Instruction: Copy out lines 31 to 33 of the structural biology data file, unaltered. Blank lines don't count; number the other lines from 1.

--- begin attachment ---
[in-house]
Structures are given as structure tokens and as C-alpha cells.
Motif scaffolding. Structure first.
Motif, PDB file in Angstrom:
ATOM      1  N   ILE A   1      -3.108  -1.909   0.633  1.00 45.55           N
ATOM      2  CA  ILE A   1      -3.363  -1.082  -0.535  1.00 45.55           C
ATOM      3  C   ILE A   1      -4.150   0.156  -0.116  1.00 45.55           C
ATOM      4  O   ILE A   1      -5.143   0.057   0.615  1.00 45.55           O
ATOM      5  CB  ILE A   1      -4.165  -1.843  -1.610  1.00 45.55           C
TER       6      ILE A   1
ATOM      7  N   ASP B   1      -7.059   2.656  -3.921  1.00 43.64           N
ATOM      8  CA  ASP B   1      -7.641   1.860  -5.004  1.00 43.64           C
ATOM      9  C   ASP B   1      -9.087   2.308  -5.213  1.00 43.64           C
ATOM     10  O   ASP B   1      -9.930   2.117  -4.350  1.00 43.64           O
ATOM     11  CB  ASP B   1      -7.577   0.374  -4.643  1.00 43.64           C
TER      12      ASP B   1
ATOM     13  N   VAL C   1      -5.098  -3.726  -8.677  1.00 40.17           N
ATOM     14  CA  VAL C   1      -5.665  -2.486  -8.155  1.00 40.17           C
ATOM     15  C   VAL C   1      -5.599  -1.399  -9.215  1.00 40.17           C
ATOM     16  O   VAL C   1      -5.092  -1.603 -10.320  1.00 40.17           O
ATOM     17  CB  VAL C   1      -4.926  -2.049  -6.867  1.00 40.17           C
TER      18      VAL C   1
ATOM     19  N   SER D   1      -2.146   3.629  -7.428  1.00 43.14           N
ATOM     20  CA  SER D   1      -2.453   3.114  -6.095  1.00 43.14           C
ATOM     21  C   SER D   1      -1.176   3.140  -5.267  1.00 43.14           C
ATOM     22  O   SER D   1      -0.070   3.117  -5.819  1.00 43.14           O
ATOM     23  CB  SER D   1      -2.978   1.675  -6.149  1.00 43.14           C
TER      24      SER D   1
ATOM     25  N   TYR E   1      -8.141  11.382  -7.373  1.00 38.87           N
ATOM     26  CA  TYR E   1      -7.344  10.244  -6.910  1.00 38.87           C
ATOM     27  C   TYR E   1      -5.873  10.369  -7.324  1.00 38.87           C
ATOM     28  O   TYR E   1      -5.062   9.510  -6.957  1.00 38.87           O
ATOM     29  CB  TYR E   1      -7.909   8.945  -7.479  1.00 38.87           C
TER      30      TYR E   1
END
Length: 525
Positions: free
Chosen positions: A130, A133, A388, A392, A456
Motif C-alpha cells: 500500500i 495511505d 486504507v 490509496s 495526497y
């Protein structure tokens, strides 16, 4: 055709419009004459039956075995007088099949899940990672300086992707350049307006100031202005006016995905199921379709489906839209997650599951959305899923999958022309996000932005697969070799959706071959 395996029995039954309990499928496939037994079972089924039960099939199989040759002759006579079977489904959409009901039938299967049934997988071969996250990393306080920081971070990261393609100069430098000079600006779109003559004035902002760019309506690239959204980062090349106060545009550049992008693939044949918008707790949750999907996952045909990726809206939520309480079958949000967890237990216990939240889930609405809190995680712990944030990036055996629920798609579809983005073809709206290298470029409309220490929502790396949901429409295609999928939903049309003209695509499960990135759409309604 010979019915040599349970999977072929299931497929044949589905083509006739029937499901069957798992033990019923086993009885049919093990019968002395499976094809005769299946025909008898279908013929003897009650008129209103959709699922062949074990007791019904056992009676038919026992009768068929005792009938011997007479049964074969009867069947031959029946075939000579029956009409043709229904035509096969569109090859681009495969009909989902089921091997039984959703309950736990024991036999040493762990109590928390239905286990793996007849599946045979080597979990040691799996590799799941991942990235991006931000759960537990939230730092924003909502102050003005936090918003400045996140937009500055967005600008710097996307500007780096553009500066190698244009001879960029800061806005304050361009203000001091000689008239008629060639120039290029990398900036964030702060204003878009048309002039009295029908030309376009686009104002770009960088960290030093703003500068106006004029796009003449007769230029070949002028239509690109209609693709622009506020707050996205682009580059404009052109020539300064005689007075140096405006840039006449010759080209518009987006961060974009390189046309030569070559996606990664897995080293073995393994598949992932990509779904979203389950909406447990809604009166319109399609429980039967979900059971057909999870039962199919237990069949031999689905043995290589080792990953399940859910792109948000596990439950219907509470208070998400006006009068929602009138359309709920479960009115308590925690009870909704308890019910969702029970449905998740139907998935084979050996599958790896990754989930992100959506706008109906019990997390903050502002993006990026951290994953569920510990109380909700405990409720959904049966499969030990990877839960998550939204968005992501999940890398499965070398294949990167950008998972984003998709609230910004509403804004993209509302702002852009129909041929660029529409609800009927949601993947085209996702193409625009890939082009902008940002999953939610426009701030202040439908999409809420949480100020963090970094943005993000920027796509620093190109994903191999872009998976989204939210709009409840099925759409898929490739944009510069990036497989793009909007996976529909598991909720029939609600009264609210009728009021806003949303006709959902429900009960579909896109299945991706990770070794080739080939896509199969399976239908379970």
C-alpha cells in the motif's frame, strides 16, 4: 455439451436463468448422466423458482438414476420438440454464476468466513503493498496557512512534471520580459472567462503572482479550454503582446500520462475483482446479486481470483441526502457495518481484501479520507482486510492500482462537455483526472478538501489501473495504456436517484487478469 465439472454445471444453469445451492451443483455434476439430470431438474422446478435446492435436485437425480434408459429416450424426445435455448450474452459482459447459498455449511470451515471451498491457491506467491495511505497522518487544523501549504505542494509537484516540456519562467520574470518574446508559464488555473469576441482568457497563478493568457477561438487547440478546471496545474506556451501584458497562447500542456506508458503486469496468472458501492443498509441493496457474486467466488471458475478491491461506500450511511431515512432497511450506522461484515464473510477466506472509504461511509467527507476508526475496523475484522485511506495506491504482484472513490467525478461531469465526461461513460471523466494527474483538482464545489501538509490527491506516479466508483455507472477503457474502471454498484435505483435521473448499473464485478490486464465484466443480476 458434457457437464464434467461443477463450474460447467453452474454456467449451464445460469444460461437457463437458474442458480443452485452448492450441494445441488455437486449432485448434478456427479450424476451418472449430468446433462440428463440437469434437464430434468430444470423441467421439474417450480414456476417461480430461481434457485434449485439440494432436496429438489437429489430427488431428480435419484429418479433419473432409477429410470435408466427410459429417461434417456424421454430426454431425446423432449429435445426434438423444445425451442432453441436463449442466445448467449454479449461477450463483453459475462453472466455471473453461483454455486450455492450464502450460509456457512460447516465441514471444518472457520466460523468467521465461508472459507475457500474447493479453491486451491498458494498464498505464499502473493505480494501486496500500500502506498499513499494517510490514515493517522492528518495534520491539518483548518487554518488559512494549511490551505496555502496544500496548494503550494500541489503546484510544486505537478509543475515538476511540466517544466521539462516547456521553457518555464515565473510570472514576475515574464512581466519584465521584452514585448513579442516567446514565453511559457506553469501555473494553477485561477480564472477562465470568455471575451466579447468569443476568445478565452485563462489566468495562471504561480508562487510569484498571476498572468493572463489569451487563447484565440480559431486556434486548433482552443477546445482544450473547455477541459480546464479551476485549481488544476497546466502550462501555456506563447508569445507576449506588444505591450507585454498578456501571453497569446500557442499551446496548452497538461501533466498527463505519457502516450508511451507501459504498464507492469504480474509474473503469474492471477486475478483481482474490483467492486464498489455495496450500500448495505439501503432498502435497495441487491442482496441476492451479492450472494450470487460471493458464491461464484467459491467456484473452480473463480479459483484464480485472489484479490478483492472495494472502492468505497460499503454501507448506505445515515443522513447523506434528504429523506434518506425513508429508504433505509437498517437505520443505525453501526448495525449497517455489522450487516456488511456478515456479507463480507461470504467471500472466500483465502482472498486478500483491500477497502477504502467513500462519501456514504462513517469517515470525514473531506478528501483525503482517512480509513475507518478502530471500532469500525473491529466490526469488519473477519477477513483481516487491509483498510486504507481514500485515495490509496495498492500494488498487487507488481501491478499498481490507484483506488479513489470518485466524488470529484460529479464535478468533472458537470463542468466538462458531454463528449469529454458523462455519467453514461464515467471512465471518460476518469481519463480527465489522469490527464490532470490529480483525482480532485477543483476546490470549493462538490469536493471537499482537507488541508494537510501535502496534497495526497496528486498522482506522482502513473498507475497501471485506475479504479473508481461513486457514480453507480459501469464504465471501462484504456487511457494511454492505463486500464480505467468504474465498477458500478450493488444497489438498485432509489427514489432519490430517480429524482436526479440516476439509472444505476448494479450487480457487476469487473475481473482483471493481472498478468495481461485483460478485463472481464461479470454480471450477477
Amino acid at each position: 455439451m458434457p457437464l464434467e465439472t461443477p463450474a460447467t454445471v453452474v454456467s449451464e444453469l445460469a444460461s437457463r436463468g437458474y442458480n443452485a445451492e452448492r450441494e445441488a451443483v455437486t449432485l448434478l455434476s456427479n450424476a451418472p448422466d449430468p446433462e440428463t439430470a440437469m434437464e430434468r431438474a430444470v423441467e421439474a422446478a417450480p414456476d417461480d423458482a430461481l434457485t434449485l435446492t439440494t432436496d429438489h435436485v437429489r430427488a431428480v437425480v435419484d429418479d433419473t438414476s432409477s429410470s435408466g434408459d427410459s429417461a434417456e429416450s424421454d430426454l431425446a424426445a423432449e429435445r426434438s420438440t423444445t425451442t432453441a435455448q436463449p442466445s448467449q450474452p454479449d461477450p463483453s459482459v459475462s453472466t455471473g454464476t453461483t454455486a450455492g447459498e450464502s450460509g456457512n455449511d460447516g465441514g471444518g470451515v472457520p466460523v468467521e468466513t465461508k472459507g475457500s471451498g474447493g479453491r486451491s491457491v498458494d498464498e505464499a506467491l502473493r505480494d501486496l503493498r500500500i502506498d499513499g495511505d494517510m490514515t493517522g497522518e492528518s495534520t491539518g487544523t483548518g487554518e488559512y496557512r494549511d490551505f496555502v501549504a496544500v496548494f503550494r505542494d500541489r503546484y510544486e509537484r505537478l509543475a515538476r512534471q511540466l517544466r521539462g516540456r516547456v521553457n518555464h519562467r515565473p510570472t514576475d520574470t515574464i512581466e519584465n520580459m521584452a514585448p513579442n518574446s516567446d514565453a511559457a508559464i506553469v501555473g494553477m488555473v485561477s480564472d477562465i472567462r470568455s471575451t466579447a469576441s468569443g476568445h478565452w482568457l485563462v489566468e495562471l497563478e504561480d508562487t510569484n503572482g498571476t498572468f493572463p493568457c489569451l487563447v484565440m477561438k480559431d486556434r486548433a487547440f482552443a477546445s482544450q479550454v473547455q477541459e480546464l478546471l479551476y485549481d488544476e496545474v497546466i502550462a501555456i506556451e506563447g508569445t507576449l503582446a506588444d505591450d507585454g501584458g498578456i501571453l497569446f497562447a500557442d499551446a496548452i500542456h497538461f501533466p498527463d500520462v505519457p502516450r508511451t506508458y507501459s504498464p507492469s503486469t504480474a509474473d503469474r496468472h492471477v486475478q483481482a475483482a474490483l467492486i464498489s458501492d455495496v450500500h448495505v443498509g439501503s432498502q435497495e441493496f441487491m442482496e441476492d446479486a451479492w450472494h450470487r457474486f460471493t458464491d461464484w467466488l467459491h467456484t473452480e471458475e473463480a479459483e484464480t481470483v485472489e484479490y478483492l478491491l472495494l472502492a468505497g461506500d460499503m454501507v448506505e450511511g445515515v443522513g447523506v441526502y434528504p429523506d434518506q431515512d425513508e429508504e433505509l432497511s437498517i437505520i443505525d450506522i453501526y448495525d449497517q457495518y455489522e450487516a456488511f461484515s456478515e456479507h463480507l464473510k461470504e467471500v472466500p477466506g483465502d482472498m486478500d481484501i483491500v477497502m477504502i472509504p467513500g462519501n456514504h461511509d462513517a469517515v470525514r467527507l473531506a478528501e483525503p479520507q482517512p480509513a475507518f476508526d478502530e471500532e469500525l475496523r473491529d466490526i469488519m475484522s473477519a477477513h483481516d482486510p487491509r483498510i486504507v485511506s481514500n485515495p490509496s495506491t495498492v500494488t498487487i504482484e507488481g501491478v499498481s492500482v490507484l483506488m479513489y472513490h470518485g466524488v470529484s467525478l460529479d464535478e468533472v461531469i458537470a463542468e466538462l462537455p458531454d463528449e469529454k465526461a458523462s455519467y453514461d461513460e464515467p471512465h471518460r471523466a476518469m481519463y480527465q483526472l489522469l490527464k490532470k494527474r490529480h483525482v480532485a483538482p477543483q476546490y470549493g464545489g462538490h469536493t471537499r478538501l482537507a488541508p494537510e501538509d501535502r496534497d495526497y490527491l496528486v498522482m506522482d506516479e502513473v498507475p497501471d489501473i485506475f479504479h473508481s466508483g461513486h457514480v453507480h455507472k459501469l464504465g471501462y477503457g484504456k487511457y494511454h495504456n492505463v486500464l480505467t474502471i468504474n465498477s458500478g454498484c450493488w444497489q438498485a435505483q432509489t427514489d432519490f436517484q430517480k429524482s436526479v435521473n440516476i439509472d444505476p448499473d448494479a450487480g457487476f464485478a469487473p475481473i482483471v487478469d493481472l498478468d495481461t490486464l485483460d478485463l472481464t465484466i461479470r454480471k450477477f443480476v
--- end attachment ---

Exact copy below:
ATOM     27  C   TYR E   1      -5.873  10.369  -7.324  1.00 38.87           C
ATOM     28  O   TYR E   1      -5.062   9.510  -6.957  1.00 38.87           O
ATOM     29  CB  TYR E   1      -7.909   8.945  -7.479  1.00 38.87           C